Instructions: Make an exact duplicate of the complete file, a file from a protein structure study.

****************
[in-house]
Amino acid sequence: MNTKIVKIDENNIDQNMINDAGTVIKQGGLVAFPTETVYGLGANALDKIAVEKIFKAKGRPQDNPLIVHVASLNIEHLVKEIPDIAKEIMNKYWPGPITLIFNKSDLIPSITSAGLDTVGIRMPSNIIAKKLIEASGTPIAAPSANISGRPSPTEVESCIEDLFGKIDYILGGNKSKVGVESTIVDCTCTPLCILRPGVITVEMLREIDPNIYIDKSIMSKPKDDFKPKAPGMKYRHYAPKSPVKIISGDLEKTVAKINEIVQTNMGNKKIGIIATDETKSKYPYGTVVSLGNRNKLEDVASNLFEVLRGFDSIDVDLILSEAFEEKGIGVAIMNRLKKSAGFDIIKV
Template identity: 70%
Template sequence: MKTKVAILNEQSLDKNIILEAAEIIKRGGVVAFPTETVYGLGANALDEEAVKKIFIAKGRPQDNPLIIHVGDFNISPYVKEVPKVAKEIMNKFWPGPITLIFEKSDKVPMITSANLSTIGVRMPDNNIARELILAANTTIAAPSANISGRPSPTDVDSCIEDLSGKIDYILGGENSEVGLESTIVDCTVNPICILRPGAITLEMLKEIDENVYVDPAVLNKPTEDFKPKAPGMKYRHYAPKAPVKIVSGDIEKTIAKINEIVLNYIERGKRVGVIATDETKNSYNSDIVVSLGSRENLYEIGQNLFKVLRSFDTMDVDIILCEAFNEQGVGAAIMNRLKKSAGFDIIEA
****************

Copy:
[in-house]
Amino acid sequence: MNTKIVKIDENNIDQNMINDAGTVIKQGGLVAFPTETVYGLGANALDKIAVEKIFKAKGRPQDNPLIVHVASLNIEHLVKEIPDIAKEIMNKYWPGPITLIFNKSDLIPSITSAGLDTVGIRMPSNIIAKKLIEASGTPIAAPSANISGRPSPTEVESCIEDLFGKIDYILGGNKSKVGVESTIVDCTCTPLCILRPGVITVEMLREIDPNIYIDKSIMSKPKDDFKPKAPGMKYRHYAPKSPVKIISGDLEKTVAKINEIVQTNMGNKKIGIIATDETKSKYPYGTVVSLGNRNKLEDVASNLFEVLRGFDSIDVDLILSEAFEEKGIGVAIMNRLKKSAGFDIIKV
Template identity: 70%
Template sequence: MKTKVAILNEQSLDKNIILEAAEIIKRGGVVAFPTETVYGLGANALDEEAVKKIFIAKGRPQDNPLIIHVGDFNISPYVKEVPKVAKEIMNKFWPGPITLIFEKSDKVPMITSANLSTIGVRMPDNNIARELILAANTTIAAPSANISGRPSPTDVDSCIEDLSGKIDYILGGENSEVGLESTIVDCTVNPICILRPGAITLEMLKEIDENVYVDPAVLNKPTEDFKPKAPGMKYRHYAPKAPVKIVSGDIEKTIAKINEIVLNYIERGKRVGVIATDETKNSYNSDIVVSLGSRENLYEIGQNLFKVLRSFDTMDVDIILCEAFNEQGVGAAIMNRLKKSAGFDIIEA